In step (v) described later, an immunostimulatory response is determined with respect to the immune cell from which the contact surface has been eliminated. Therefore, before the detection of the optical signal in the step (vi), an operation to eliminate the contact surface described later may be performed to the immune cell. In the case where the step (iv) is performed using a flow cytometer or an imaging cytometer, using a substance of a non-biological material described later (for example, a container, a multi-well plate, a slide or the like) as the substance different from the immune cell, the method of this embodiment preferably includes a step of eliminating the contact surface. If necessary, the immune cell may be fixed by a conventional method after elimination of the contact surface. By fixation, the localization of surface antigens can be maintained in the immune cell from which the contact surface has been eliminated. For fixation of the cells, it is preferable to use a fixing solution containing paraformaldehyde, lower alcohol and the like.

In a further embodiment, whether or not the immune cell is an immune cell from which the contact surface has been eliminated may be determined, based on the detected optical signal. Thereby, an optical signal derived from the immune cell from which the contact surface has been eliminated can be extracted, and used for determination in the step (v). For example, in the case of using an allogenic cell as a substance different from the immune cell, in the measurement with a flow cytometer, a difference occurs in the optical signal with respect to the cell size (for example, the intensity of forward scattered light or pulse width), between the immune cell from which the contact surface has been eliminated and the immune cell whose contact with the allogenic cell is maintained. In the measurement with an imaging cytometer, it is possible to distinguish between the immune cells from which the contact surface has been eliminated and the immune cells whose contact with the allogenic cell is maintained, based on the images of the imaged cells.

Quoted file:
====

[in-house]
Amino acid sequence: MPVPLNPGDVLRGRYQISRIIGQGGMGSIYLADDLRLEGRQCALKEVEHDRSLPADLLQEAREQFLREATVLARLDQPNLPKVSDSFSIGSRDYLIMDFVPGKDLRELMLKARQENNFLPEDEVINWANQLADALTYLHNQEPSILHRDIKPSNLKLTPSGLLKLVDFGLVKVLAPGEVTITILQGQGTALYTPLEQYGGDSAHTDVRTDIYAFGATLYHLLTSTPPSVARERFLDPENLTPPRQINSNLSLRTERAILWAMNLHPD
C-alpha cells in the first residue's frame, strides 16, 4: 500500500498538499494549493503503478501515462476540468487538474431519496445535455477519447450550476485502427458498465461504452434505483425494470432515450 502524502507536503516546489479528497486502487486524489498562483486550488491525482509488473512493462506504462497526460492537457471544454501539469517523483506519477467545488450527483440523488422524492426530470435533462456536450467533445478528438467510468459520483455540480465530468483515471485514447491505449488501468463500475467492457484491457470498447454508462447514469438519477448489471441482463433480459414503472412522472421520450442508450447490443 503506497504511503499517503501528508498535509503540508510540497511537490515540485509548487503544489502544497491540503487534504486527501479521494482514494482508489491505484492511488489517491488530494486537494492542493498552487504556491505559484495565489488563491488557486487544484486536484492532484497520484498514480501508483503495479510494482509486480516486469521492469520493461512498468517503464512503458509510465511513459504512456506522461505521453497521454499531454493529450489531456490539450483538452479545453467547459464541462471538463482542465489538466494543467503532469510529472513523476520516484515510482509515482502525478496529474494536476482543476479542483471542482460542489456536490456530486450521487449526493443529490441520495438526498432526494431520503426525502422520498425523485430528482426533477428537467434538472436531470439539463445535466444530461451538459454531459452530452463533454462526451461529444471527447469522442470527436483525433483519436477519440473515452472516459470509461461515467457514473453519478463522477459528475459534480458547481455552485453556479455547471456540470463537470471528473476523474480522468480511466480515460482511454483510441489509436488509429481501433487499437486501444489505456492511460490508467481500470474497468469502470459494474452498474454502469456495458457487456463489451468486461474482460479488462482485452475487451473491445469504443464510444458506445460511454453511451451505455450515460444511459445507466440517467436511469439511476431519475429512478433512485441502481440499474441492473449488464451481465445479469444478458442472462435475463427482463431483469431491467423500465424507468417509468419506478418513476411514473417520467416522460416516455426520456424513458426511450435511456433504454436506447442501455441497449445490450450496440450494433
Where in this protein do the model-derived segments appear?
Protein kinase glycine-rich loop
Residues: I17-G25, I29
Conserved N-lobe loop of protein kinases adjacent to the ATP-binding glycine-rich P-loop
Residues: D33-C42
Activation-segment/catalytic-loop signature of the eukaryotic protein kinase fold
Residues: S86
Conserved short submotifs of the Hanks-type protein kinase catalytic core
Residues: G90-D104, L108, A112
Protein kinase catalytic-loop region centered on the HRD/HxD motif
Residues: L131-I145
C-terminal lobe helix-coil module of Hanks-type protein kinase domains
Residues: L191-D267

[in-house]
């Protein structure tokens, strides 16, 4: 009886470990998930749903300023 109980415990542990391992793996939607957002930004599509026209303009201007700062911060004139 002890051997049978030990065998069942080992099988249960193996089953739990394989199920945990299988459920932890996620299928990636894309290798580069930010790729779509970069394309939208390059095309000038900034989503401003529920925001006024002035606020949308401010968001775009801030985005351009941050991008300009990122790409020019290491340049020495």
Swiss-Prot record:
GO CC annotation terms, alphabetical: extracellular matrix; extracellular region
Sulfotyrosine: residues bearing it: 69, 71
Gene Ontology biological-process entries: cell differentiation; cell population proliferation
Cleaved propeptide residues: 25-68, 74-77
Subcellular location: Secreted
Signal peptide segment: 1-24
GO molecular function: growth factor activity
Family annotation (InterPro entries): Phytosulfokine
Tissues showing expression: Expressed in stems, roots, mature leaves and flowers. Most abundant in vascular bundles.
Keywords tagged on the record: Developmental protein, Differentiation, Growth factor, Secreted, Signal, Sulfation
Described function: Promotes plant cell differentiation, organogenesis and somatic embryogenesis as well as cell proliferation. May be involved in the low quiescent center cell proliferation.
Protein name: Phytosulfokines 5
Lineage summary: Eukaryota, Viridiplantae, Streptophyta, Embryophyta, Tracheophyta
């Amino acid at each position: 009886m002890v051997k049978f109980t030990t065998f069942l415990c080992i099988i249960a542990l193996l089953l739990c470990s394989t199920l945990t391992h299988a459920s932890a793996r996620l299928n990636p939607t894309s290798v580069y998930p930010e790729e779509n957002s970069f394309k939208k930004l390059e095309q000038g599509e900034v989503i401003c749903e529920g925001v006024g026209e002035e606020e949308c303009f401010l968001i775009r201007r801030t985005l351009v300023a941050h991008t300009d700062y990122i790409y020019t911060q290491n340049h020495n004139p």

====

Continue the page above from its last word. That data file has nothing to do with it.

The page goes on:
For illustrative purposes, reference is made to FIG. 1A which schematically shows steps (i) to (iii) according to this embodiment. FIG. 1A shows an example using an immunostimulatory antibody described later as an immunostimulator and using a plate as a substance different from an immune cell. The plate corresponds to, for example, a bottom surface of a container used for cell culture, a bottom surface of a well of a multi-well plate, a surface of a slide used for microscopic observation, or the like. In FIG. 1A, an immune cell is brought into contact with immunostimulatory antibodies in the step (i). In this example, the immunostimulatory antibody is an antibody that binds to a costimulatory molecule that is a kind of the surface antigen of the immune cell. Following the step (i), in the step (ii), the immune cell in a state in contact with the immunostimulatory antibodies is brought into contact with the plate to form a contact surface between the immune cell and the plate. In the step (iii), secondary antibodies against the immunostimulatory antibodies used in the step (i) are used to detect a costimulatory molecule in the immune cell. The secondary antibodies are labeled with a substance capable of generating an optical signal. In this example, while the contact surface has been eliminated in the step (iii), the immune cell and the capturing bodies may be brought into contact with each other in a state where the contact surface is maintained. FIG. 1A is an illustration of the steps (i) to (iii) according to one embodiment, and the present disclosure is not limited thereto.